This ship is 95,000 tons when empty– and it was not empty– moving at nine miles per hour. So literally, it hit one of the two key support structures of the bridge and obliterated one and the bridge collapsed. It was not about aging infrastructure. Because of the bridge’s design, nothing could have avoided this.

ARIELLE DUHAIME-ROSS: OK, so tell me more about the bridge’s design. What do we know about that?

SWAPNA KRISHNA: It was a truss bridge. And that means the interconnectedness of its design is what kept it stable. But the weak points were these two concrete piers. And as early as 1980, experts flagged that a direct hit from a heavily loaded container ship would bring down the bridge.

So they have known about this problem for a while. It’s not a design flaw necessarily. It’s just a weakness. But it is important to note that any bridge can collapse. You cannot build a collapse-proof bridge.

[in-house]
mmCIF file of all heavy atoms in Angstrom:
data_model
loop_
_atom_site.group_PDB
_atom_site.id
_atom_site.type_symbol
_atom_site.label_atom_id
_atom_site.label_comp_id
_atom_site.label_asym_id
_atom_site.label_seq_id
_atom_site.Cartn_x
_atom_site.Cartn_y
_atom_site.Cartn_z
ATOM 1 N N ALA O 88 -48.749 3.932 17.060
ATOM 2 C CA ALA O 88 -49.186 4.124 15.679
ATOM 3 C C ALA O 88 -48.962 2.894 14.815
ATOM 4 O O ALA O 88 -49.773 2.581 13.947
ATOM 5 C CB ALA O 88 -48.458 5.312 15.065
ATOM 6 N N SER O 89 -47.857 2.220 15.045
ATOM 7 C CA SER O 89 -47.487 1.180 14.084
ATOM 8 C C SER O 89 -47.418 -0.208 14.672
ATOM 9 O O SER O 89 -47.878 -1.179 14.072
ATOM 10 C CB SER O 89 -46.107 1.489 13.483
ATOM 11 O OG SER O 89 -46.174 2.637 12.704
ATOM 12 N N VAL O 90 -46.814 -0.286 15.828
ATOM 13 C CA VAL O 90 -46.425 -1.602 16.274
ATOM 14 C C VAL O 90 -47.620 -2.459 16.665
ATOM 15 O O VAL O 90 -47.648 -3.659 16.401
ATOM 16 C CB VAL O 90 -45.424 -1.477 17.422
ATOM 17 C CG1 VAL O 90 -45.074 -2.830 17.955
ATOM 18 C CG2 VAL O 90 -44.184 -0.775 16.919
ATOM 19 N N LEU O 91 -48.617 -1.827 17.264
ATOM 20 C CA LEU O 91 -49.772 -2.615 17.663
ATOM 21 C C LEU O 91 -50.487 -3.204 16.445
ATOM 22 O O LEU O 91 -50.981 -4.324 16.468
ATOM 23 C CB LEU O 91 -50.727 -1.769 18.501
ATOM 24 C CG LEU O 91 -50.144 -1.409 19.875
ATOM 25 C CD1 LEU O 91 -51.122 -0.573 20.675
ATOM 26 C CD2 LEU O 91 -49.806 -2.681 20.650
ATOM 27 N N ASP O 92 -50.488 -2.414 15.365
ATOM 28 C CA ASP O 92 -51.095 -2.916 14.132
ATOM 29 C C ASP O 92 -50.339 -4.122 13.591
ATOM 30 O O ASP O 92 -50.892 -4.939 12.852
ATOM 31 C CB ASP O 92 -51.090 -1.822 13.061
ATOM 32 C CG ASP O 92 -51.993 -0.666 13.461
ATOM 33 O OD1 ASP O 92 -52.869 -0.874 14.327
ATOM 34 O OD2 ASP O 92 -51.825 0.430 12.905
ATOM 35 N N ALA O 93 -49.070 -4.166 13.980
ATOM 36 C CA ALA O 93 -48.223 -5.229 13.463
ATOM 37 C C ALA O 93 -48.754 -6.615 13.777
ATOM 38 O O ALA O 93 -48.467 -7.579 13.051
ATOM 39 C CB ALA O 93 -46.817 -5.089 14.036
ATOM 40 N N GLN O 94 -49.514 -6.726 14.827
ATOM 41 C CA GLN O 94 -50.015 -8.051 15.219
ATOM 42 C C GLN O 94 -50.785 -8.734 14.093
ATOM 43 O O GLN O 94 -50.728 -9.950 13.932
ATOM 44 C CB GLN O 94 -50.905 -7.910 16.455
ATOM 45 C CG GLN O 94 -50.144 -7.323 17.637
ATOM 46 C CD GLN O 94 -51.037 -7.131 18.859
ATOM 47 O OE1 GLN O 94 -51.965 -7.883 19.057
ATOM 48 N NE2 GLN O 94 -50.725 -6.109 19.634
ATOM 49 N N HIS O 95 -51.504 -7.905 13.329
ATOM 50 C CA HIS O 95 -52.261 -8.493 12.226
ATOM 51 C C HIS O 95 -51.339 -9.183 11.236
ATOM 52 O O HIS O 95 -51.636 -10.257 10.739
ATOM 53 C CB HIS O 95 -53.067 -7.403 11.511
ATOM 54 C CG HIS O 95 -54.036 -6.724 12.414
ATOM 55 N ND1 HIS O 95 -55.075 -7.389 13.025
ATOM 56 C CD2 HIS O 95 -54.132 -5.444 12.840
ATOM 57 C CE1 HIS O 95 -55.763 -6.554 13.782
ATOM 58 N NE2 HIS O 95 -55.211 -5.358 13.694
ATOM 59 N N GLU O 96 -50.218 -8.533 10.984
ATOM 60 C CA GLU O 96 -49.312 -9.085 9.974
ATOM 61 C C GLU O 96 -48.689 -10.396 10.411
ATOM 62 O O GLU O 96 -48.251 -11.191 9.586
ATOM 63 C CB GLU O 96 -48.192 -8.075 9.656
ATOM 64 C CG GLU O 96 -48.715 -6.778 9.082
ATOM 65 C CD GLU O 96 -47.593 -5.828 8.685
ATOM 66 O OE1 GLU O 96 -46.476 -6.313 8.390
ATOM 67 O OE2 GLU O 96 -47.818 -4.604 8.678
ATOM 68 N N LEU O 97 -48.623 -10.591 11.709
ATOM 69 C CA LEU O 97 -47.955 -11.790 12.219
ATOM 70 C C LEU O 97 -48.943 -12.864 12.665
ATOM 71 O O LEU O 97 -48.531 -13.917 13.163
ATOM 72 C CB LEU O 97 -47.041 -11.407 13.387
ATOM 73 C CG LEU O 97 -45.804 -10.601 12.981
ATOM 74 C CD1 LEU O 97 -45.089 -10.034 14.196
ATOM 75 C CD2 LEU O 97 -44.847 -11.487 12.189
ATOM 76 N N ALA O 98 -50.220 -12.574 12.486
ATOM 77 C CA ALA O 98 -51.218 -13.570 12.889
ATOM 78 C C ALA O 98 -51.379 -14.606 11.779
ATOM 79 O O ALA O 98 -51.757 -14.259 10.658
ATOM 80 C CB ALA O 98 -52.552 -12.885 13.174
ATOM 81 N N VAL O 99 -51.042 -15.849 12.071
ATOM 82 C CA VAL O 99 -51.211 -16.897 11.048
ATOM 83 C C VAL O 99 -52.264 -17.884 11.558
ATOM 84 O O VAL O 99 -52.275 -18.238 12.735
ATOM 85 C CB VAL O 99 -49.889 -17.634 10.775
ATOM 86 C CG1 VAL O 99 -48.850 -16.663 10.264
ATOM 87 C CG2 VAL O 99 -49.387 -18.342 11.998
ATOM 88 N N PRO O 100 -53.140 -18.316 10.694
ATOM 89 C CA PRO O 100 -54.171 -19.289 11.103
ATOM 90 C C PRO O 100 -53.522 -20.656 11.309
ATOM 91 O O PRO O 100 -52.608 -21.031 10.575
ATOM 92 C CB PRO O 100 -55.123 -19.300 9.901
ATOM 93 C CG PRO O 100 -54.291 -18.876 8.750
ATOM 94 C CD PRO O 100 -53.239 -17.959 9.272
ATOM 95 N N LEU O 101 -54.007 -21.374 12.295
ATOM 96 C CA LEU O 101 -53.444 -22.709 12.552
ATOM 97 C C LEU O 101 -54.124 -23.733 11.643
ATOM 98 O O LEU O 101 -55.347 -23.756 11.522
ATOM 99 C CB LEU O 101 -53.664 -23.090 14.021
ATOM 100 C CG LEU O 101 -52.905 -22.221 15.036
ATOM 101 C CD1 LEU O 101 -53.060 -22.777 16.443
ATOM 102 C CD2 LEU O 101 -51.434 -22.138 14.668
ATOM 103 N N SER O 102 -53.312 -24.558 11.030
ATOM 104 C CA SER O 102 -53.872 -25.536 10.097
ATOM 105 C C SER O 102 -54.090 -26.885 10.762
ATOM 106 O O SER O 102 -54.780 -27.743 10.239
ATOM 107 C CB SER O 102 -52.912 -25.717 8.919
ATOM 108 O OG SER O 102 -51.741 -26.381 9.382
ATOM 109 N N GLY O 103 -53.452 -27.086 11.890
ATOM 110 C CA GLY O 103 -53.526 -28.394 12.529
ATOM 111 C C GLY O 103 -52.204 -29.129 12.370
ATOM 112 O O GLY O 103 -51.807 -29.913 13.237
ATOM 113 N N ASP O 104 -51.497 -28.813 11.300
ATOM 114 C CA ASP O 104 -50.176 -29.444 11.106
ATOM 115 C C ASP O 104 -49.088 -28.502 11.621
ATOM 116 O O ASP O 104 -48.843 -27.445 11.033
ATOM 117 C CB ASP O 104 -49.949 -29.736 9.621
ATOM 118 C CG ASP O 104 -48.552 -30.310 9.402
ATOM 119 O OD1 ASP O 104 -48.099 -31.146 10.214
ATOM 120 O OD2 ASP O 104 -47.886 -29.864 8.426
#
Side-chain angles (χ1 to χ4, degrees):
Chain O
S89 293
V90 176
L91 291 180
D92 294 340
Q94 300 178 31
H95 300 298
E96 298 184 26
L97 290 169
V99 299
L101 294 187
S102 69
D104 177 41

But building a bridge like a cable-stayed bridge would reduce that risk especially in the event of another collision like this.

ARIELLE DUHAIME-ROSS: OK, so I’m super pumped about the solar eclipse. I’m already preparing for it. And I hear that NASA has a plan to launch rockets while it’s happening. What’s that about?

SWAPNA KRISHNA: I think this is such a cool story. So yes, NASA will launch sounding rockets into the eclipse to study changes in the ionosphere during the eclipse. And the ionosphere is basically the boundary between Earth’s breathable atmosphere and space about 55 miles to 310 miles above the Earth’s surface.